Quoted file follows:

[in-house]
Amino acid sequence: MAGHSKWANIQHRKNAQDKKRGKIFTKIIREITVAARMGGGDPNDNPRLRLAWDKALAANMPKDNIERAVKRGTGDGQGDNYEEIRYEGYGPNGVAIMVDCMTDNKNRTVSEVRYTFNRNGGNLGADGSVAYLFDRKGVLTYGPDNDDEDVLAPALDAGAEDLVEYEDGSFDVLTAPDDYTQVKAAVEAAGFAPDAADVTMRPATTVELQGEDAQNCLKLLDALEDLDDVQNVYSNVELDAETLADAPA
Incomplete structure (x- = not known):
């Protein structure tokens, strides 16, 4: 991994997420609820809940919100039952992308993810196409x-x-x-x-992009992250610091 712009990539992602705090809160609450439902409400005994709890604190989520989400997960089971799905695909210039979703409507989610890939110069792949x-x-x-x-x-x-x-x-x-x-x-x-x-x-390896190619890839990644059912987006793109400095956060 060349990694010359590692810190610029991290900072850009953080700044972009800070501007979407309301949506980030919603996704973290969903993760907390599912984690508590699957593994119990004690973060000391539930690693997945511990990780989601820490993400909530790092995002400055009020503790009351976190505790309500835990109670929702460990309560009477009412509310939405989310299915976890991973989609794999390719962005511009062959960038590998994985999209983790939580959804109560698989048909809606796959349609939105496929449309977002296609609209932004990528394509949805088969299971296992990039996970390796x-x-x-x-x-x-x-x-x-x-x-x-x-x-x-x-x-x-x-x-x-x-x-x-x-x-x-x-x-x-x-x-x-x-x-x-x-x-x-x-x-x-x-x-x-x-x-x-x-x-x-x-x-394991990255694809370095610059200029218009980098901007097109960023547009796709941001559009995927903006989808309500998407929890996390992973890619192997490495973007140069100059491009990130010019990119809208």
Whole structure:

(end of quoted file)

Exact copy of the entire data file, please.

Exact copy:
[in-house]
Amino acid sequence: MAGHSKWANIQHRKNAQDKKRGKIFTKIIREITVAARMGGGDPNDNPRLRLAWDKALAANMPKDNIERAVKRGTGDGQGDNYEEIRYEGYGPNGVAIMVDCMTDNKNRTVSEVRYTFNRNGGNLGADGSVAYLFDRKGVLTYGPDNDDEDVLAPALDAGAEDLVEYEDGSFDVLTAPDDYTQVKAAVEAAGFAPDAADVTMRPATTVELQGEDAQNCLKLLDALEDLDDVQNVYSNVELDAETLADAPA
Incomplete structure (x- = not known):
């Protein structure tokens, strides 16, 4: 991994997420609820809940919100039952992308993810196409x-x-x-x-992009992250610091 712009990539992602705090809160609450439902409400005994709890604190989520989400997960089971799905695909210039979703409507989610890939110069792949x-x-x-x-x-x-x-x-x-x-x-x-x-x-390896190619890839990644059912987006793109400095956060 060349990694010359590692810190610029991290900072850009953080700044972009800070501007979407309301949506980030919603996704973290969903993760907390599912984690508590699957593994119990004690973060000391539930690693997945511990990780989601820490993400909530790092995002400055009020503790009351976190505790309500835990109670929702460990309560009477009412509310939405989310299915976890991973989609794999390719962005511009062959960038590998994985999209983790939580959804109560698989048909809606796959349609939105496929449309977002296609609209932004990528394509949805088969299971296992990039996970390796x-x-x-x-x-x-x-x-x-x-x-x-x-x-x-x-x-x-x-x-x-x-x-x-x-x-x-x-x-x-x-x-x-x-x-x-x-x-x-x-x-x-x-x-x-x-x-x-x-x-x-x-x-394991990255694809370095610059200029218009980098901007097109960023547009796709941001559009995927903006989808309500998407929890996390992973890619192997490495973007140069100059491009990130010019990119809208």
Whole structure: